Going back to school

This fall, we hope to be sending our fourth and fifth to college. During Sylvia’s “gap year” she recovered from a broken leg while we looked into art schools. She was accepted by both–and earned the highest presidential scholarship they can give–but the rest of the funding eludes us.

John is applying for a dual enrollment opportunity at Vermont Technical College, Ben’s alma mater. If he is accepted, the tuition is covered but not the room and board. How will we pay for it?

I have been thinking about entering the work force part time. I still teach two at home and I have teaching responsibilities in our Classical Conversations community. I think it would be lovely to earn $20,000 a year; surely $10,000 of that would be available after taxes, increase in health care cost, and gas money, right?

I’m looking for opportunities. My experience as a teacher, both six years of public school music and six years with teens in Classical Conversations, equips me for teaching. The classical education I have had through the latter taught me how to attack new endeavors; I feel fearless. But my years as the financial manager of our family of eight and Grandpa too also had make me familiar with a wide range of banking transactions. I have noticed there are openings for tellers.

But I got to thinking about teaching music. I doubt I can go back and get my license renewed. But I could substitute. Granted, I wouldn’t earn $20,000! But it is a beginning. That was last week.

On Friday I got a call about a music teacher who needs a sub for a couple of days for two weeks. It happens to fall on two days I can be available, if I plan well. Now, it is for high school choir, which I never taught, but having worked with teens for six years in a dialogue setting I feel comfortable teaching them. The music will be a stretch, I admit, but we work with what we have. (In conducting class years ago my baton would often beat to its own rhythm; it needs a lot more practice.)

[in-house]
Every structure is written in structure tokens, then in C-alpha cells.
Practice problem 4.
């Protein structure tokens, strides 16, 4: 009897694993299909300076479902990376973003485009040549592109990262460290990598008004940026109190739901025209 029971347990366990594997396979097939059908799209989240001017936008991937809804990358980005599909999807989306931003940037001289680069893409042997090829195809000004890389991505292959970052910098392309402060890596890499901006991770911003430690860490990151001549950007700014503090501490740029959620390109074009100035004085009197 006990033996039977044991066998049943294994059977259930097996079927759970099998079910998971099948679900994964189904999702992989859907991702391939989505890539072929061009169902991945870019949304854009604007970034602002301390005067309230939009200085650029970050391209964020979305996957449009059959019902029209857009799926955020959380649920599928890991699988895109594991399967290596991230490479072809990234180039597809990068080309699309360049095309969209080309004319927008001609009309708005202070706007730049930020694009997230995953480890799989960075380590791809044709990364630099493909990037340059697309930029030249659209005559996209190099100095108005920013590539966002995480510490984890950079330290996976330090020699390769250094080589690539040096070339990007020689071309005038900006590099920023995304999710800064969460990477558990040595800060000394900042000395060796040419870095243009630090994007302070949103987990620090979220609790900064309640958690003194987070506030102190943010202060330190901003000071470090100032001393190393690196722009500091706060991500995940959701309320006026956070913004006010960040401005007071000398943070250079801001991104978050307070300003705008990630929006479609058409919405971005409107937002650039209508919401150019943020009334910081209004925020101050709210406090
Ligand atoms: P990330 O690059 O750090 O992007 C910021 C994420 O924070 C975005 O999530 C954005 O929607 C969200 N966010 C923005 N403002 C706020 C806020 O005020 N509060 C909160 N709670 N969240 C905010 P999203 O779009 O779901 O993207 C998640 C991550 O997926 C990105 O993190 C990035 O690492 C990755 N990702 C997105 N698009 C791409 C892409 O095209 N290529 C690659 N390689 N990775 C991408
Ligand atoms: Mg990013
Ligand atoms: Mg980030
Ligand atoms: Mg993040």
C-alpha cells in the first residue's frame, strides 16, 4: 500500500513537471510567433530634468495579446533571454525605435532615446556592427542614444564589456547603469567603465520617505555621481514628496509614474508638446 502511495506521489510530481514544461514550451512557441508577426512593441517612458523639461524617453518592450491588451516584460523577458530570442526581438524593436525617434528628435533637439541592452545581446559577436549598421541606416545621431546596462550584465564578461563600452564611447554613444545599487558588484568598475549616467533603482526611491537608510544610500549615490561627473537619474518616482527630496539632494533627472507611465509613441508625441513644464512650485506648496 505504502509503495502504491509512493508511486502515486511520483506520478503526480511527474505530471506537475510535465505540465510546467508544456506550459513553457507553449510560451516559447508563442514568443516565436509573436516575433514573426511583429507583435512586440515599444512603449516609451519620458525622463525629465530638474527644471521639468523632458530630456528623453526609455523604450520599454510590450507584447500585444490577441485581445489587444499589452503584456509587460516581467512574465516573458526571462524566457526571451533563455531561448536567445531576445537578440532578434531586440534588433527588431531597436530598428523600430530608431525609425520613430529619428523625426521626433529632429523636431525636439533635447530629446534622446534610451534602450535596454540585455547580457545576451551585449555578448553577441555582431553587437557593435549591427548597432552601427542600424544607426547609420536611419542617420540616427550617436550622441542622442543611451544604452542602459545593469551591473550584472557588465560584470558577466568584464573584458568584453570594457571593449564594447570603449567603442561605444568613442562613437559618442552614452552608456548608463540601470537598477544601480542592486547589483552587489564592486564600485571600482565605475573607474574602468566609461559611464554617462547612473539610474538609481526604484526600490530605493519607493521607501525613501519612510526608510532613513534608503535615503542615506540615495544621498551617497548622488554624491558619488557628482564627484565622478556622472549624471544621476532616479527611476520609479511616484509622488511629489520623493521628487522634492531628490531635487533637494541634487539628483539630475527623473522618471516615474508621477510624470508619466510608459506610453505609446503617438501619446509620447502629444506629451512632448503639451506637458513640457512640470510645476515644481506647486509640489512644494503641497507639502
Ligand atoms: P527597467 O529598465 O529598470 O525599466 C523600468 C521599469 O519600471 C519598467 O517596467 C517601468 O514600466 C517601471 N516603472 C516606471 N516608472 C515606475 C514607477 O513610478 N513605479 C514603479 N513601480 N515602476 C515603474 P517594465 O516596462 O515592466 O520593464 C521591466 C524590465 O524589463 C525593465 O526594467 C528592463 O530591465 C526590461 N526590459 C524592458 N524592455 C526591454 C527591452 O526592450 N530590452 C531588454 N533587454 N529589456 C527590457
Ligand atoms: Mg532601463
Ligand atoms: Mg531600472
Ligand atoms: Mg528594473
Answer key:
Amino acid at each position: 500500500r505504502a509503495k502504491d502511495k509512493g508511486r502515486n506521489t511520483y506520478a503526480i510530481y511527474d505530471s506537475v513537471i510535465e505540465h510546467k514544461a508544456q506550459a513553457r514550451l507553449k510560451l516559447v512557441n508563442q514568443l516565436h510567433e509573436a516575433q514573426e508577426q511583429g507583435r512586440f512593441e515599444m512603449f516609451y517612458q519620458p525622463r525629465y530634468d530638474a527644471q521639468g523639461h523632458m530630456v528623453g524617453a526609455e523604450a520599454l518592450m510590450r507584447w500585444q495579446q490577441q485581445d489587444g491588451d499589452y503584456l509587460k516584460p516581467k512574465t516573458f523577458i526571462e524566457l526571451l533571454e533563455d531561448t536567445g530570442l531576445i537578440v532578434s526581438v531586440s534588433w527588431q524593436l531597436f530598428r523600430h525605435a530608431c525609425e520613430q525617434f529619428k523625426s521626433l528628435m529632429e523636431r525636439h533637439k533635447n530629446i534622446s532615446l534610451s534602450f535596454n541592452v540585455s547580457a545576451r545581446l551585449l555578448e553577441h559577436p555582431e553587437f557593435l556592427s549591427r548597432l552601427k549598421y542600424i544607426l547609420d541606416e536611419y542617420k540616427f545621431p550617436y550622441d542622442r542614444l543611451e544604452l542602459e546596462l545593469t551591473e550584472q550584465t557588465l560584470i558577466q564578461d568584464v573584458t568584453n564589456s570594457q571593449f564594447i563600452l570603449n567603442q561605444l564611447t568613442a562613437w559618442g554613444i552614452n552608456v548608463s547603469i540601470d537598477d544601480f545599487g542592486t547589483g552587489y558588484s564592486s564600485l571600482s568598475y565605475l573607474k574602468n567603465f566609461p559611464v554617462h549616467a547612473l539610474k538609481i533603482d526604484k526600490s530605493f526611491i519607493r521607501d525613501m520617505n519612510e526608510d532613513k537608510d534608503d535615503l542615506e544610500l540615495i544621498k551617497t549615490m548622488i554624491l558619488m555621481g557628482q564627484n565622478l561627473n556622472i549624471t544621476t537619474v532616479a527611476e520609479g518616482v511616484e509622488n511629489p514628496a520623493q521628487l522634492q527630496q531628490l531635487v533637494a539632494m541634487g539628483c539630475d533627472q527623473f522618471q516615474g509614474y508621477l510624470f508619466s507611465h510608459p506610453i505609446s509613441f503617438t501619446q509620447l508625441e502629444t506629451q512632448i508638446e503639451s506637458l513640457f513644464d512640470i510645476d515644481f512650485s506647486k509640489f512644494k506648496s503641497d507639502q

I am so grateful for the opportunity. Recently I have been working with the high school Sunday School to teach them to sing parts for “There is a Fountain Filled With Blood”. We’re going to be able to do it, though they–and one of the adults–aren’t so sure. It made me wish I had been teaching music literacy in the public schools. I sense this is even less of a priority than it was 28 years ago when I taught in Maryland. I love helping them make music!

A wise old college professor said, “You don’t teach music; you teach children.” The years have confirmed I am not a music teacher; I am a teacher. Through homeschooling I taught a wide range of lessons to my children; with Classical Conversations I guided dialogue and learning in math, science, history, logic, philosophy, Shakespeare, and writing; I have taught Bible verse songs to adults and children. I have led online training. I have trained classical tutors. (This is the first time I have catalogued it.) Looks like a lot. I wonder if my experience will be attractive to a future employer? The skeptic in me doubts; but I trust God will lead me.

Tomorrow I go back to school. I will learn from my students as much as they will learn from me.

Still having adventures!

About lettersfromheartscontent

Mother of six, homeschool teacher, tutor with Classical Conversations, wife to a forester and educator. I tend a perennial garden with a riot of blossoms, ride my bicycle in and out of the watershed, play ocarina and a boom-chick accompaniment when my kids feel like playing contradance music. I love being home, but I love an open road and adventure, too. Classical Conversations' Writers Circle carries my article on some aspect of classical education once a month.
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